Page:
Joan asked me at breakfast this morning how it went and I told her that after having twelve hours to think about it I was struck by the fact that people most often define themselves in the negative or more precisely, by what’s wrong with them. After further review I found I do the same. I create this world of negativity around me. I look for what’s wrong and a solution to it and don’t stop and look at what’s right. I always have to do more, be more, work harder…………….
Melissa and I used to work out together. In June she broke her foot and in September she got the flu and was bedridden for two weeks. Her oldest child began school in August. She hadn’t been at the gym in a long time and I ran into her yesterday morning when she announced herself by saying “I’m here!!!” I was just finishing my workout and so we talked for a bit. Melissa was down. She ripped off a litany of things she hadn’t done right since June. As she spoke I saw her face get longer and longer. I listened.
“Did you ever look at all you’ve accomplished?” I asked her.” You and Aaron, her husband, own two successful small businesses; you are a room mother at school; you are a great friend, a good mom and a supportive partner.” I touched her arm and said “Do what you can. If it means you are only here three days a week then be here three days a week and quit beating yourself up.” She went on to tell me how she would track her calorie intake and how she had gotten away from that and felt bad. Call it my inner guidance, the Holy Spirit, or gas from the omelet I had for breakfast but I looked at her and said “You don’t start something until you start something. Track your food today and when you get up tomorrow look at the chart on the wall and realize you have something to build upon. Quit focusing on what’s wrong and start celebrating what’s right.”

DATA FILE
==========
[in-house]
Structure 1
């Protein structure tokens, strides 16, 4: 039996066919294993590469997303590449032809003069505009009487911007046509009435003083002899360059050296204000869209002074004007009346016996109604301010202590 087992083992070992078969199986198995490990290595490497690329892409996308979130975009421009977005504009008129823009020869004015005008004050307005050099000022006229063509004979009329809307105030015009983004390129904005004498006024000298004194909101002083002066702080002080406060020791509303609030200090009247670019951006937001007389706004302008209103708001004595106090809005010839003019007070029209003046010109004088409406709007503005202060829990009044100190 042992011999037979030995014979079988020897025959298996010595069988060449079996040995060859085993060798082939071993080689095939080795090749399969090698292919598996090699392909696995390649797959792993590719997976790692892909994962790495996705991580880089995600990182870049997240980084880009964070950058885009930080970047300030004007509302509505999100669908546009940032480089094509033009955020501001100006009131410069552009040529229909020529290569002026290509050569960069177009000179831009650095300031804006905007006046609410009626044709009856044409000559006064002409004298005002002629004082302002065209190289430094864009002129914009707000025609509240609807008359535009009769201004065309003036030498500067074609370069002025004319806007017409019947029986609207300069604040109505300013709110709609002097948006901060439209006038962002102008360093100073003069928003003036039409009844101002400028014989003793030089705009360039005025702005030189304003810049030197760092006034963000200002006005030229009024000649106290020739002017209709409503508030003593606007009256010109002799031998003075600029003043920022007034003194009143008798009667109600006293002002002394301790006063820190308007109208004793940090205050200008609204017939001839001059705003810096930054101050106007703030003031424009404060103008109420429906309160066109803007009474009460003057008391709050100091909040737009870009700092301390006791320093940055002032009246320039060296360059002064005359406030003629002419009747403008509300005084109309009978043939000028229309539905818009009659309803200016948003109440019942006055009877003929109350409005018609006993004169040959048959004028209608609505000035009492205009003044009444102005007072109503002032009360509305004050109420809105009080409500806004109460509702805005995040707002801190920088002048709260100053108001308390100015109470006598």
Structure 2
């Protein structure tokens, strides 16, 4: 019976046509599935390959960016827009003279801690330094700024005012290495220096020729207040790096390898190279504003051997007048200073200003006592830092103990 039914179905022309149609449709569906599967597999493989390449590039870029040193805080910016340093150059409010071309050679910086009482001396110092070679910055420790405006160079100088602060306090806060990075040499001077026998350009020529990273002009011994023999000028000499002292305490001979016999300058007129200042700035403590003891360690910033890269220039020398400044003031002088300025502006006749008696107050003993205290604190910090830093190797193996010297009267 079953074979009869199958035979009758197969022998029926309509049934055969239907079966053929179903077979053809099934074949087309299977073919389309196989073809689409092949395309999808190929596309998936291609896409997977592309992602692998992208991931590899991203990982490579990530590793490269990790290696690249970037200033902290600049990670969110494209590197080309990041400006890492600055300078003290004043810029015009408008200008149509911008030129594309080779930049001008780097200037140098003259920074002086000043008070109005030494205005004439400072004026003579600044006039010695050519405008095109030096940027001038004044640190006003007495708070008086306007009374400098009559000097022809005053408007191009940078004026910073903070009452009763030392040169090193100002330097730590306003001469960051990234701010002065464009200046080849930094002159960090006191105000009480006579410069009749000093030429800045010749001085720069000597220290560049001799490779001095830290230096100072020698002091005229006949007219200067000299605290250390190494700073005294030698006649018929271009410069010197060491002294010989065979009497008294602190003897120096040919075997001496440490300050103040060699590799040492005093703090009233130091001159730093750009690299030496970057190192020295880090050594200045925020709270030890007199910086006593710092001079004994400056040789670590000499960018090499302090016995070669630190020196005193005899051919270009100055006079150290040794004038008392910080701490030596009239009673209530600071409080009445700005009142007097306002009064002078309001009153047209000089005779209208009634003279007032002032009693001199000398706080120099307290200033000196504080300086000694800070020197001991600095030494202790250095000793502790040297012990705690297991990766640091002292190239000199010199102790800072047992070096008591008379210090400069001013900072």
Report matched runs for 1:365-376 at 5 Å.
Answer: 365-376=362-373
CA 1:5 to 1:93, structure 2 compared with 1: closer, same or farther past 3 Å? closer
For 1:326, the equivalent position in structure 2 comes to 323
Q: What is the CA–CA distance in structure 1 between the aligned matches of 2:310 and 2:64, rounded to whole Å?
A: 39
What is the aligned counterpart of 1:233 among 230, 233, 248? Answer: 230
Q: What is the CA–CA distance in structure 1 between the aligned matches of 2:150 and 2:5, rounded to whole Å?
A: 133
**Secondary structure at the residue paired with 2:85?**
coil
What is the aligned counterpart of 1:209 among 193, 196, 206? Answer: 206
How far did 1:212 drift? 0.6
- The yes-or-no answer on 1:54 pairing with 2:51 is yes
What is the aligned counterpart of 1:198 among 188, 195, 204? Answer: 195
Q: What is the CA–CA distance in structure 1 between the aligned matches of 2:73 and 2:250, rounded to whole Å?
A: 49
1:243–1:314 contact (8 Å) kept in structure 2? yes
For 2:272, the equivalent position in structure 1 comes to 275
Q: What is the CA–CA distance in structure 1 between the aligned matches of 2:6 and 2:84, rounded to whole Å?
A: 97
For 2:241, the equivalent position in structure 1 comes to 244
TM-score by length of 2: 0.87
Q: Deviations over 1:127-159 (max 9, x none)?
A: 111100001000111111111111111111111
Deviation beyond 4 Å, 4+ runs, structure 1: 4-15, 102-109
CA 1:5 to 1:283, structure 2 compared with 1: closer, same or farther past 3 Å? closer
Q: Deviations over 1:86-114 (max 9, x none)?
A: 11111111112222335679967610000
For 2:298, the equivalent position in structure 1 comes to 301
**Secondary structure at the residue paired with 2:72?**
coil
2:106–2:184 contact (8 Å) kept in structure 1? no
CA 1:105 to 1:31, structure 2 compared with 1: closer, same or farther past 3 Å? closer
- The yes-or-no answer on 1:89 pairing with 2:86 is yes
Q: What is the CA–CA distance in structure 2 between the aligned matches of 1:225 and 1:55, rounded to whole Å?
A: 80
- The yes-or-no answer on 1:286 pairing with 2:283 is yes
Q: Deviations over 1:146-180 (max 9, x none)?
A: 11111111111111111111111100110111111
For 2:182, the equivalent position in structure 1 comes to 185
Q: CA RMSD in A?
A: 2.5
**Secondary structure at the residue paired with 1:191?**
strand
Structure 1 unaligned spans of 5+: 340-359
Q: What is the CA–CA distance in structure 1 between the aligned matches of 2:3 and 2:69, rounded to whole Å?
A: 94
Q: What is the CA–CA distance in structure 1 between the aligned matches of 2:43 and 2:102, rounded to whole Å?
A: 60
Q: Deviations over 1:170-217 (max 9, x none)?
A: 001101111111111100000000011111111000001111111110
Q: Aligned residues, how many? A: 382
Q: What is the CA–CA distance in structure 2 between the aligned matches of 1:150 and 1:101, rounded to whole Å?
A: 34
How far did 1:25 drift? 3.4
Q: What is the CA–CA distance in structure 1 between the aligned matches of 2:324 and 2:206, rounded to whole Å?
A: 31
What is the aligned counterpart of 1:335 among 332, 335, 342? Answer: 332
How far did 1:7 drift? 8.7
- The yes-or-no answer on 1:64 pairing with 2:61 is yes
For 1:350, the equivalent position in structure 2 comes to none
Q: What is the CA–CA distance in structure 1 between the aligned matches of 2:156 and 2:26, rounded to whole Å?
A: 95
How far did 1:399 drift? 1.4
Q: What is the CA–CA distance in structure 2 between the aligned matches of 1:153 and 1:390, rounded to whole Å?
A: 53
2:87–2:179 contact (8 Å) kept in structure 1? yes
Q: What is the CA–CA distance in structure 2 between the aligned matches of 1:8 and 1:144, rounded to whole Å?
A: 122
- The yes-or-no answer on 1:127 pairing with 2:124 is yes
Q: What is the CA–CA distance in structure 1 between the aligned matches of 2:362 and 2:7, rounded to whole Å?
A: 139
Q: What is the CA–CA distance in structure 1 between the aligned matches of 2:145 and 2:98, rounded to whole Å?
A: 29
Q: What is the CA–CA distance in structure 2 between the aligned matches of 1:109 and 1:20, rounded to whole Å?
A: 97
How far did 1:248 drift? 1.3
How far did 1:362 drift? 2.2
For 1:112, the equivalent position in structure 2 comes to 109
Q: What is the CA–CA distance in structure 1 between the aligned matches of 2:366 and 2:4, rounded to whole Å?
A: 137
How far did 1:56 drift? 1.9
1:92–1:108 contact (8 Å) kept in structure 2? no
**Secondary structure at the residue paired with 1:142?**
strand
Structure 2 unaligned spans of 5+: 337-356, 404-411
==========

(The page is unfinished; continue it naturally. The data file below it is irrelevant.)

As Joan often points out to me I have a long way to go until I am Mother Theresa. I get down, get frustrated and get fed up. I have challenges and obstacles but for the most part I do pretty well. A Course In Miracles Suggests that this world we live in is a world we created. So be it. If I am going to create a world to dwell in, for the time being, it may as well be a positive one. It may as well be a world that reflects the joy and love inside of me not how darned inadequate I feel some days.
As I crossed the parking lot I ran into David. David’s sister was my neighbor for years. “How’d you lose all that weight? I need to do that. How’d you do it?”
I thought for a second, looked at him and said “No matter how hard it gets, no matter how many times I fall, I don’t give up.”
Have I told you lately how fantastic I think you are?
Sunday, January 23, 2011
Joan and I were cleaning out a closet the other day when we ran across a box of old photos. Most of them were from when we were both younger and I was much thinner. When we were married in 1974 I weighed one hundred fifty seven pounds. I was twenty years old almost twenty one. After we rearranged the closet I began thinking about the differences between now and then. That’s when I recalled my mom’s diet and exercise regimen.
My mom and dad grew up during the Depression and while we never lacked for anything we lived as if poverty was knocking at the door. Honestly, until I went to college I thought everyone lived like we did. But I digress. I started thinking about how I ate then and how I eat now and a lot of the changes that have occurred not only in my life but in society in general.